A fifty-year-old Caucasoid man not related to the aboriginal people is discovered near Kennewick, Washington on the Columbia River. Kennewick Man found on the Columbia River is definitely not American Indian some claim and is believed to date about this time and DNA tests appears more closely related to the Ainu of Northern Japan, than Mongolian, Native American or Euro-American.  Others suggest he is closer to Polynesian in nature.  It would appear this genetic type existed in America for some time.  He had a stone spear point buried in his hip.  This is a fascinating find as preliminary evidence suggests the remains are not American-Indian in nature and more typically Polynesian or even Caucasian. The Natives of Washington claimed the bones for reburial and are using this as a test case to highlight the history of shabby treatment to earlier American Peoples (Indians) by archeologists and anthropologists in the past. Failure to adequately analyze this significant find would be a loss to understanding our Native culture.  In 2004 the Us appeals court overruled the objections of the Colville, Umatilla, Yakama, Nez Perce and Wanapum peoples to study the Kennewick man.  It is one of the oldest human skeletons found on the American continent.  The Penon skeleton in Mexico dated 11,000 B.C. supports the theory of some that a  people, possibly the Ainu people of Japan preceded the Indians to America.  However;

A skeleton of about this age was found in July, 1996, by the Columbia River in Kennewick, Wa. It became known as the "Kennewick Man" or "Richland Man." The 9,200 year old bones were later studied and determined to be most closely related to Asian people, particularly the Ainu of northern Japan. It was concluded in 2000 that he was an American Indian. The bones were dated to 7514-7324 BC.
Others date the find to 6,900 B.C. and attribute it to Australo Melaneslan peoples.   He is believed to be of  Australo Melaneslan charestics, and DNA the same as peoples from Australia, Fiji and Papua New Guinea who arrived America 9,000 B.C. to 5,500 B.C. 

7,000 B.C.  

Two spearheads are discovered dating to this period at Head Smashed in Buffalo Jump in southern Alberta.  There are about 100 bison (buffalo) jumps in north America.  The use of animal jumps is believed to date back to at least 40,000 B.C.  The technology of Bison (Buffalo) Jumps are unique to North America and most common in Southern Alberta.  Those descendents of the the users of Bison Jump technology contend they have always lived on the Prairies.  The Twin Rivers Bison Jump on Milk River (Southern Alberta) a very warm and fertile region has never been excavated.

Near Chin Coulee in southern Alberta, hunters with spears trapped and killed a bison (buffalo).

70 km east of Calgary, near the Bow River is a medicine wheel with sophisticated astronomical attributes.  It is called and open-air sun temple predating Stonehenge and Egypt's pyramids.  We continually under estimate the intelligence of our ancestors.

Artifacts are dated to this period at Point Aux Pins, Lake Superior.

The Indians occupied the Black Hills of Dakota

Some American Indian graves in Newport Beach, California., were believed to be this age.

Between 7,000 B.C. to 5,000 B.C. is a great dry warming period in the upper Mississippi River. 

Some believe the Wendat (Heron) peoples occupied Southern Ontario between 7,000 to 6,000 B.C. hunting Caribou.  Others suggest some first nations people were hunting Caribou as early as 10,000 B.C. in the Great Lakes region.

Romero's cave near the Gulf of Mexico, the people cultivated beans, peppers, pumpkins, squash and gourds about the same times as agriculture is developing in Asia and the Middle East.  Squash is believed to have originated between 7,000 to 5,000 B.C in the Tehuacan Valley in Mexico.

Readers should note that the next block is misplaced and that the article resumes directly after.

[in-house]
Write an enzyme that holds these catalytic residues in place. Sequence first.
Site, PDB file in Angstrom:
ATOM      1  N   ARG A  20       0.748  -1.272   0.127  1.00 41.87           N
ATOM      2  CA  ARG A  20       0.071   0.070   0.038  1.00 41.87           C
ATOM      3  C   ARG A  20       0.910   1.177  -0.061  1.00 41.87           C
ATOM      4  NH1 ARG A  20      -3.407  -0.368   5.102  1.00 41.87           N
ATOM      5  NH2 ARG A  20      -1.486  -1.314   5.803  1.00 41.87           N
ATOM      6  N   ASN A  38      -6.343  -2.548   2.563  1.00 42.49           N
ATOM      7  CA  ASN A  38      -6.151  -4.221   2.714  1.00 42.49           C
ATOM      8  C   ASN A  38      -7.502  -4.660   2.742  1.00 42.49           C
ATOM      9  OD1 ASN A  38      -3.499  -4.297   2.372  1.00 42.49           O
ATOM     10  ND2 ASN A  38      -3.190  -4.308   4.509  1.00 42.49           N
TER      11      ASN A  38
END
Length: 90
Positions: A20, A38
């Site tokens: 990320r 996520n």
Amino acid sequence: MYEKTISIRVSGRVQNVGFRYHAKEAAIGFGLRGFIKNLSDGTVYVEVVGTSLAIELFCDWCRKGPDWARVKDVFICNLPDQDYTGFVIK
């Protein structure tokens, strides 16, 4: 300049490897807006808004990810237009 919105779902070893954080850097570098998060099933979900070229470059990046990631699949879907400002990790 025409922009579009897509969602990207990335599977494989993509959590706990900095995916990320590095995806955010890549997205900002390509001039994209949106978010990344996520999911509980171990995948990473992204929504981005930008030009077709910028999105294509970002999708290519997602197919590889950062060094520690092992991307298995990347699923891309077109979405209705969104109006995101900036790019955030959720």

The Archaic Boreal culture began appearing near the tree line and the retreating ice sheets of the Canadian Arctic mainland.  The Maritime Archaic peoples moved up the eastern seaboard and occupied Labrador to become the ancestors of the L'nuk (Micmac), Malecite and Beothuk Peoples.  The trading of Chalcedony, a quartz-like mineral, traded from North Dakota, Northern Alberta to Southern Ontario thereby establishing the famous People trading routes of the 18th and 19th century.  Established permanent villages based on a fishing industry are colonizing Chinchorro, Peru.  Two spearheads dating to this period are discovered at Head Smashed in buffalo jump in Alberta, Canada.  Conventional wisdom suggest Head Smashed in Buffalo Jump was not continuously used until 4,000 B.C.  

Peru is cultivating beans.  Agriculture is likely evident in southern Illinois with indications of squash being consumed.  The other option is that extensive trade patterns are well established.

The Camarones Valley, Chile the water supply contains arsenic naturally.  Forth five mummies dating 

Over fifty percentages of all world cultivated crops come from the Americas.  American Natives would cultivate corn, tomato, chocolate, vanilla, tobacco, avocado, peanut, pecan, cashew, pineapple, blueberry, sunflower and wild rice to name a few, in fact their agriculture, and irrigation technology is first rate by any standard.  The word tomato comes to us from Aztec People. 

Fort Liard, North West Territories has been continuously occupied from this date to modern times.  This fishing camp site is on the south bank of the Liard River, about 25 km north of the B.C. border..

Drilling 400 feet below Mexico City area turned up corn pollen dating to 80,000 B.C.  Modern or domestic corn is dated to 7,000 B.C. in this same area.  The transition of a grass to a corn cob must have taken thousands of years of human intervention.  It is believed that the cultivation of corn spread north and south from Mexico City area.  It is noteworthy that maize (corn) must be deliberately cultivated from a wild grass called teosinte as it can't grow without human intervention.  Some suggest that corn was not developed until 5,000 B.C. in the Mexico City area but it could also be 15,000 B.C. or earlier.  What ever the date most agree it would take thousands of years of selective breading to achieve the status of corn vs. grass.